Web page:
Having a single ‘golden record’ of suppliers is critical for strategic procurement and analysing risk, an event was told.
Nick Baddeley, customer success manager at Rosslyn Data Technologies told delegates at a CIPS Breakfast Briefing a lack of a single record of suppliers was an issue he had seen time and time again at firms, but it is something that is critical across the entire business.
He said: “One of the key stakeholders in a business are the suppliers. They are key to the success of the business and so understanding who your supplier is, is absolutely critical… Having that 'golden record' enables you to understand the compliance issues that may be around your supply base, and also the risk issues that you may have in that space.
“Having that knowledge of my supplier enables me to understand the structure of my different supplier groupings. Knowing how your supplier is structured across its own organisation is critical to knowing from a procurement perspective whether you are dealing with the same company in different guises.
“Firms that have grown by acquisition, and even within firms in their own data sets, could have a mishmash of supplier names, supplier codes and duplicates. Really trying to nail that one down and get your data into a state that can be used across the business is absolutely critical from a strategic position,” he said.
Also speaking on the panel, Ginny Warr, head of procurement at property development firm British Land, also stressed the importance of having clean data from a strategic point of view.
She said: “Often you inherit many disparate systems with separate data sets on different suppliers. The most important thing, before you start anything to do with risk, is to get the basics right. Not everybody has the luxury of being able to have a single ERP system or something to connect them all together. So the best thing you can do when faced with this situation is to try and come up with some brilliant basics that will help you glue all of your data together.”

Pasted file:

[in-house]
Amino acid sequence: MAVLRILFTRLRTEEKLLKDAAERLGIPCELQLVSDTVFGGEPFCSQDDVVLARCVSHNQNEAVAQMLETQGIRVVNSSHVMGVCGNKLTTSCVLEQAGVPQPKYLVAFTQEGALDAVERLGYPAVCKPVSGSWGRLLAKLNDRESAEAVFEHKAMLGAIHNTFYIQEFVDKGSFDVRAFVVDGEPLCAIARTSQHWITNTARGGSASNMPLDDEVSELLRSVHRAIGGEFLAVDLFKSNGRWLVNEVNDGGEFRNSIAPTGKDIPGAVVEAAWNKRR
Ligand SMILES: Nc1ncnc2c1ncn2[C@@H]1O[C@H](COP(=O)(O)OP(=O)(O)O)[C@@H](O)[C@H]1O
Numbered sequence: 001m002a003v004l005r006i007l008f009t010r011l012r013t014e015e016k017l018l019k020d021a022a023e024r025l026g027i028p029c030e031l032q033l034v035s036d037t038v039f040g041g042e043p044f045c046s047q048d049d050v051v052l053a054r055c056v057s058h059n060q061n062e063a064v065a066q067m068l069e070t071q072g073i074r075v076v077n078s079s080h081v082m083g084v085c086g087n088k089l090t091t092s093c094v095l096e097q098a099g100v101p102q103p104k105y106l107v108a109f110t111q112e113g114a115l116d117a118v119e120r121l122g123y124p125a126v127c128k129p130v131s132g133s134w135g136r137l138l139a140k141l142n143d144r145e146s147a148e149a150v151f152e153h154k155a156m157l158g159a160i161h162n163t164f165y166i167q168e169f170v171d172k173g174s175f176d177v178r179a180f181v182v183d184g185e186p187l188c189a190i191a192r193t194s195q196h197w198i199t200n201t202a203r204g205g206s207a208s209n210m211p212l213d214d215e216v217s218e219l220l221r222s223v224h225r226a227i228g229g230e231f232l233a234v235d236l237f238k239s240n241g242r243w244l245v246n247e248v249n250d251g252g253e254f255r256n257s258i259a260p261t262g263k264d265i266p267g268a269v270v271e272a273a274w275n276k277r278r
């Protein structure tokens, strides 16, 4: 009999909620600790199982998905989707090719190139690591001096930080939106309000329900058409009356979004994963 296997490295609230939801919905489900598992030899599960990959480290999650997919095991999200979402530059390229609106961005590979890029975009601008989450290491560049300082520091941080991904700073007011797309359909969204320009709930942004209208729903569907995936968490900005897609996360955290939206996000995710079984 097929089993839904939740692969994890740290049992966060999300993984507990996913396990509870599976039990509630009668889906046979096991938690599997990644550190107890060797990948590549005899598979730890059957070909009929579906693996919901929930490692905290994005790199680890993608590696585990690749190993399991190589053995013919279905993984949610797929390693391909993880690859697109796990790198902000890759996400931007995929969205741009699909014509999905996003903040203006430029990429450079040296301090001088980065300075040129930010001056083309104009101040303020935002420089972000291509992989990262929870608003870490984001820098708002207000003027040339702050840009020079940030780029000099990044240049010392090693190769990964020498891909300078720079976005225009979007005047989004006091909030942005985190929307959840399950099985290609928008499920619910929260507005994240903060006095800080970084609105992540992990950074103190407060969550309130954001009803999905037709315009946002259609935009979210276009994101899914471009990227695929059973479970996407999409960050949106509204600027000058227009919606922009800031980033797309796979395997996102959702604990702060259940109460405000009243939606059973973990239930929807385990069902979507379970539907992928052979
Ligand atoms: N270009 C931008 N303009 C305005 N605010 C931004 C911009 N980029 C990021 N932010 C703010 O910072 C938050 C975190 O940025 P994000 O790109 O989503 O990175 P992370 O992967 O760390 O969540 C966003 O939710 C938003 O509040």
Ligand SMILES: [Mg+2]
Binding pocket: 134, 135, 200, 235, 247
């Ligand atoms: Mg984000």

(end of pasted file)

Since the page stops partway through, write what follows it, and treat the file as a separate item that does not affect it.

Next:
People will often be faced with duplicate records, poor out-of-date supplier information, and very little 'know your supplier' information so data must be cleaned, Warr added.
“At British Land, we use a routine where if a supplier hasn't been transacted with in the last 14 months and we put them into a non-active state. We don't delete them from the database for audit reasons but we actually put them into an inactive state,” she explained.
Warr added that technology could also be invested in to allow suppliers to keep their records up to date.
“Only once you've done that can you start understanding the risk that is inherent within your supply chain. In terms of strategic value, this is really about supplier value management. The strategic value of that is it will help you optimise your savings, reduce costs and risk, and build value-based relationships. You can't be a good CPO if you have no confidence in your data,” she said.
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